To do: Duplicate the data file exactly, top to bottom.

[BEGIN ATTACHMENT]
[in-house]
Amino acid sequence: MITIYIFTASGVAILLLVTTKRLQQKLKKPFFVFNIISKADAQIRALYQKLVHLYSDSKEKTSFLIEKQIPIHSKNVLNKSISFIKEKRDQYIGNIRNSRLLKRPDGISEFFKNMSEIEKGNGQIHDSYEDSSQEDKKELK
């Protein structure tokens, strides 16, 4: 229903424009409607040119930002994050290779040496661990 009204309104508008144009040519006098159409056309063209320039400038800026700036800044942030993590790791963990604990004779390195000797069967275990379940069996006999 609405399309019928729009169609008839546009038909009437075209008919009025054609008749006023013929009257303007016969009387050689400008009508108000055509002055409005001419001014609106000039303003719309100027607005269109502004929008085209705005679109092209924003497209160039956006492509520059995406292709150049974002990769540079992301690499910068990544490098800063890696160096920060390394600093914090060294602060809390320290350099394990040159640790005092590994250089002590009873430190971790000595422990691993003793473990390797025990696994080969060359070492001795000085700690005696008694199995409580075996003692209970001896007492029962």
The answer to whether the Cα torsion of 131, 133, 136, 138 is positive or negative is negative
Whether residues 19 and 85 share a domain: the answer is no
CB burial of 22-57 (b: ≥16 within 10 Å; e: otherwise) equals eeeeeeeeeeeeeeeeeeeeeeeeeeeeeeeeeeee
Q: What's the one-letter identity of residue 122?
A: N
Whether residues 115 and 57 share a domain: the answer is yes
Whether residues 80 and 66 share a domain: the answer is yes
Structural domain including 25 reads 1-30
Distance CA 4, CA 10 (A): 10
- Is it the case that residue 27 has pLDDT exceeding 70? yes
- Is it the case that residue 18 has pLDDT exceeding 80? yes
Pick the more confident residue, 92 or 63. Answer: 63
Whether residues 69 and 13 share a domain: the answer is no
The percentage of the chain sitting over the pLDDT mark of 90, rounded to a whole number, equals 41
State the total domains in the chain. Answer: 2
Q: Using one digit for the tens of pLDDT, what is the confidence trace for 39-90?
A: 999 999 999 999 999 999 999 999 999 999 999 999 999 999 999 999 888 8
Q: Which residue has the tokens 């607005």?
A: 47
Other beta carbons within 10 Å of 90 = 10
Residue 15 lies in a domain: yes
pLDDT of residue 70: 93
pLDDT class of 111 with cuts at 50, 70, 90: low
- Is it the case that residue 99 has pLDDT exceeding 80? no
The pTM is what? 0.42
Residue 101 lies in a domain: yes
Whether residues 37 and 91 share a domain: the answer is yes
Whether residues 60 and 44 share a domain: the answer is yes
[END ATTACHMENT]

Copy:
[in-house]
Amino acid sequence: MITIYIFTASGVAILLLVTTKRLQQKLKKPFFVFNIISKADAQIRALYQKLVHLYSDSKEKTSFLIEKQIPIHSKNVLNKSISFIKEKRDQYIGNIRNSRLLKRPDGISEFFKNMSEIEKGNGQIHDSYEDSSQEDKKELK
């Protein structure tokens, strides 16, 4: 229903424009409607040119930002994050290779040496661990 009204309104508008144009040519006098159409056309063209320039400038800026700036800044942030993590790791963990604990004779390195000797069967275990379940069996006999 609405399309019928729009169609008839546009038909009437075209008919009025054609008749006023013929009257303007016969009387050689400008009508108000055509002055409005001419001014609106000039303003719309100027607005269109502004929008085209705005679109092209924003497209160039956006492509520059995406292709150049974002990769540079992301690499910068990544490098800063890696160096920060390394600093914090060294602060809390320290350099394990040159640790005092590994250089002590009873430190971790000595422990691993003793473990390797025990696994080969060359070492001795000085700690005696008694199995409580075996003692209970001896007492029962």
The answer to whether the Cα torsion of 131, 133, 136, 138 is positive or negative is negative
Whether residues 19 and 85 share a domain: the answer is no
CB burial of 22-57 (b: ≥16 within 10 Å; e: otherwise) equals eeeeeeeeeeeeeeeeeeeeeeeeeeeeeeeeeeee
Q: What's the one-letter identity of residue 122?
A: N
Whether residues 115 and 57 share a domain: the answer is yes
Whether residues 80 and 66 share a domain: the answer is yes
Structural domain including 25 reads 1-30
Distance CA 4, CA 10 (A): 10
- Is it the case that residue 27 has pLDDT exceeding 70? yes
- Is it the case that residue 18 has pLDDT exceeding 80? yes
Pick the more confident residue, 92 or 63. Answer: 63
Whether residues 69 and 13 share a domain: the answer is no
The percentage of the chain sitting over the pLDDT mark of 90, rounded to a whole number, equals 41
State the total domains in the chain. Answer: 2
Q: Using one digit for the tens of pLDDT, what is the confidence trace for 39-90?
A: 999 999 999 999 999 999 999 999 999 999 999 999 999 999 999 999 888 8
Q: Which residue has the tokens 């607005």?
A: 47
Other beta carbons within 10 Å of 90 = 10
Residue 15 lies in a domain: yes
pLDDT of residue 70: 93
pLDDT class of 111 with cuts at 50, 70, 90: low
- Is it the case that residue 99 has pLDDT exceeding 80? no
The pTM is what? 0.42
Residue 101 lies in a domain: yes
Whether residues 37 and 91 share a domain: the answer is yes
Whether residues 60 and 44 share a domain: the answer is yes